Innovation around open application programming interfaces (APIs) and banking has now entered its third and most powerful phase. Open APIs are now emerging as the vital enabler underpinning a new era of ‘platformification’ in banking and payments services. This new generation of services is driven and enabled by an open, collaborative ecosystem of innovative API providers — characterised by a remorseless focus on delivering the optimal payments experience for customers. API hubs—especially when combined with other advances like cloud and immediate payments—bring a host of benefits for banks, their customers and their ecosystem partners. The third wave of open API innovation is here. For banks, the choice is clear: move proactively to ride the wave—or get submerged by it.

The third wave

Anders Olofsson, Head of Payments at Finastra

You might assume that API banking is fundamentally new. But you’d be wrong. The ‘first wave’ of banking APIs emerged as long ago as the 1980s, mostly focussed on internal reconciliation and account information rather than executing transactions. These were typically developed for specific projects or customer requirements and were delivered using complex proprietary technologies as they pre-dated the commercial Internet.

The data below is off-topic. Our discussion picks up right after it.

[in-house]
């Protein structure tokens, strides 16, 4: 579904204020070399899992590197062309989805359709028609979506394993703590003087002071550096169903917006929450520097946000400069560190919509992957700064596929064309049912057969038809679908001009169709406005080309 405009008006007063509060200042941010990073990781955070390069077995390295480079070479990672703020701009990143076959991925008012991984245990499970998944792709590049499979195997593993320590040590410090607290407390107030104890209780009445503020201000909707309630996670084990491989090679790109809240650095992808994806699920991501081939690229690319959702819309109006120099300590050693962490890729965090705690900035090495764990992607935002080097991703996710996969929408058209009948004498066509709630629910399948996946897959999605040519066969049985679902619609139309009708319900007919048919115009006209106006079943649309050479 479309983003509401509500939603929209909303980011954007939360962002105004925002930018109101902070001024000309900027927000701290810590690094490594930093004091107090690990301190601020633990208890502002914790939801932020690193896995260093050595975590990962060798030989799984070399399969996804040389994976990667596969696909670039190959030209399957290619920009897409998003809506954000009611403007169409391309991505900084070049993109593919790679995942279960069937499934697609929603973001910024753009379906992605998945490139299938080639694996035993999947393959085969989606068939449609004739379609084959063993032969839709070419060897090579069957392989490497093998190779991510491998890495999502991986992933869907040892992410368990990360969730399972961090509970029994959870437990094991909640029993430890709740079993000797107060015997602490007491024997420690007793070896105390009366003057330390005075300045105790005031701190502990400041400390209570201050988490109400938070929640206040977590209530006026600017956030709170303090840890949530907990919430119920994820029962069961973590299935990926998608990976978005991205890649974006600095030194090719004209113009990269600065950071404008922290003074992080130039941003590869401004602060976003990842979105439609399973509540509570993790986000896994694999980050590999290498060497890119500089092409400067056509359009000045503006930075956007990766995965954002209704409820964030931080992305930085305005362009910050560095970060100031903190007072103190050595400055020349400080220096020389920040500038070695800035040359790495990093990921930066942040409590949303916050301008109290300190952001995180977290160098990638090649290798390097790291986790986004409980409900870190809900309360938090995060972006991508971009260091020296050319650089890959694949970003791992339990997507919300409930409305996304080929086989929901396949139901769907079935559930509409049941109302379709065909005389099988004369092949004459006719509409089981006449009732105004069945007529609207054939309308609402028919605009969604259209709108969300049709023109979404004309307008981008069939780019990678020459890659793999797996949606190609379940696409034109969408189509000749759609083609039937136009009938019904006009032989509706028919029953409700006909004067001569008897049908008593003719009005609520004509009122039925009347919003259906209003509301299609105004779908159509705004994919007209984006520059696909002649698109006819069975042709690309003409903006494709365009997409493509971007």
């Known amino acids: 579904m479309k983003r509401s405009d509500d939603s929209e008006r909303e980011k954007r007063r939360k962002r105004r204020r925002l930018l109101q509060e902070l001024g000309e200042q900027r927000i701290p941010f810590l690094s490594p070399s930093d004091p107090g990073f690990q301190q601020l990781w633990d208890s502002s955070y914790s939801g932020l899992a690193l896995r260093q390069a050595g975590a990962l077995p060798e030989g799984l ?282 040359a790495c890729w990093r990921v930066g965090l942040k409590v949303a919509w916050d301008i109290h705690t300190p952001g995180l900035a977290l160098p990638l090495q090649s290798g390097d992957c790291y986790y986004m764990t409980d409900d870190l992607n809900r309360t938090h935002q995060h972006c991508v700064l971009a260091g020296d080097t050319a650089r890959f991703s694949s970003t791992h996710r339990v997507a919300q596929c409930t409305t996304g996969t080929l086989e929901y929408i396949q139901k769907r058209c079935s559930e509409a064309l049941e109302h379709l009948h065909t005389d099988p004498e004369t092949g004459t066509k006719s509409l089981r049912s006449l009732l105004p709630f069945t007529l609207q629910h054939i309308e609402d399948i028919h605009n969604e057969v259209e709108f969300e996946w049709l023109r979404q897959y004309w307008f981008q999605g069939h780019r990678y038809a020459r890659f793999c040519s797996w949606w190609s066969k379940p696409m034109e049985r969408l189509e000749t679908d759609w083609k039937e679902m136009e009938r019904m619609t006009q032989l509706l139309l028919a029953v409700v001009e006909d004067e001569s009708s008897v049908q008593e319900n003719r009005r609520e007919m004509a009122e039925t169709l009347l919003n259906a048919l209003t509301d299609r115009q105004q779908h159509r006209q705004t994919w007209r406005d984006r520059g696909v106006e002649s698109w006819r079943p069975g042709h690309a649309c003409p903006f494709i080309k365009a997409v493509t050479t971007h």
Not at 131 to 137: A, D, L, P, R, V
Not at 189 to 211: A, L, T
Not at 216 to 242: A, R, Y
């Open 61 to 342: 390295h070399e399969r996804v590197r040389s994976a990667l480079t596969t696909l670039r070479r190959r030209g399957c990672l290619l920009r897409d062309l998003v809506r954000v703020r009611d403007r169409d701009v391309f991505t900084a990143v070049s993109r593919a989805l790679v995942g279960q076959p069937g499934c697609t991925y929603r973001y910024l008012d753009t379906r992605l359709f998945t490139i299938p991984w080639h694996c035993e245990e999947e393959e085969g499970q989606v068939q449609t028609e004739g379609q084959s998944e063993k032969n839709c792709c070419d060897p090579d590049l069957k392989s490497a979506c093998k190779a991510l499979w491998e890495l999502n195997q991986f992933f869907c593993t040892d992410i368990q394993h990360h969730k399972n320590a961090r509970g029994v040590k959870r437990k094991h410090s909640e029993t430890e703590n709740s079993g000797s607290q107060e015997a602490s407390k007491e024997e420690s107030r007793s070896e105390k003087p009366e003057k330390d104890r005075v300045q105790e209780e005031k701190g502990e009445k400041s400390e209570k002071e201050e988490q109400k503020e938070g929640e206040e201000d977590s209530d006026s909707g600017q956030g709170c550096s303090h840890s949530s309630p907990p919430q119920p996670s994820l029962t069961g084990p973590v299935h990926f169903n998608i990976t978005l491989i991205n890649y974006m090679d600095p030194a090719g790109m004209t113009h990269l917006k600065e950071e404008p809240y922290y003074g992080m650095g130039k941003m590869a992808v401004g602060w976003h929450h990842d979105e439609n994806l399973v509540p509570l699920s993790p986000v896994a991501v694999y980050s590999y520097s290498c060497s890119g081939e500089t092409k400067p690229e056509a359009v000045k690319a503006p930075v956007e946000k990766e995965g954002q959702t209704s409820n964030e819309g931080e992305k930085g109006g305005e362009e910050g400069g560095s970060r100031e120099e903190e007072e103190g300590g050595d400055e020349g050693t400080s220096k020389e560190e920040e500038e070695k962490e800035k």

We are now well into the ‘second wave’ of APIs in banking. This wave has several distinct and powerful drivers. One is the introduction of new regulations including the European Union’s PSD2 and the UK’s Open Banking initiative. These drivers have the goal of moving data ownership from the bank to the client (working in conjunction with other regulations such as General Data Protection Regulation [GDPR]). Another driver is rapid advances in technology including pervasive broadband Internet access,

cloud computing, and easier-to-use Representational State Transfer (REST) APIs. The third—is growing demand for real-time, connected customer experiences from both consumers and businesses.

The second phase of APIs is now being subsumed by the third and most powerful wave of all: banking as a platform. This is driven by an ecosystem of API providers that operate in an environment of open collaboration, and accounts for the vast majority of financial services innovation taking place outside banking institutions.

The API-enabled payment hub

Payments is a fundamental component of modern API ecosystems and the third wave is seeing the emergence of ever more advanced payment APIs that cut across silos and across multiple industries. As innovation continues, a robust suite of payment APIs is becoming essential to the success of any bank’s API program.


The latest step in payments is the move to ‘platforms’: flexible environments that provide a single access point to a full array of products and solutions, which are integrated through open APIs and provide broader additional value. To participate in the latest phase of API banking, banks need to move beyond traditional payments hubs, and start thinking in terms of ‘payment API hubs’ capable of supporting API access and consumption.

With the new model of API-enabled banking, services such as payment initiation and account aggregation will come from a much wider range of sources. For banks, moving to a payment hub can be the first step in breaking down the traditional monolithic, silo-based payment model. The extension to a payment API hub allows these services to be externalised and accessed by other systems within and beyond the bank.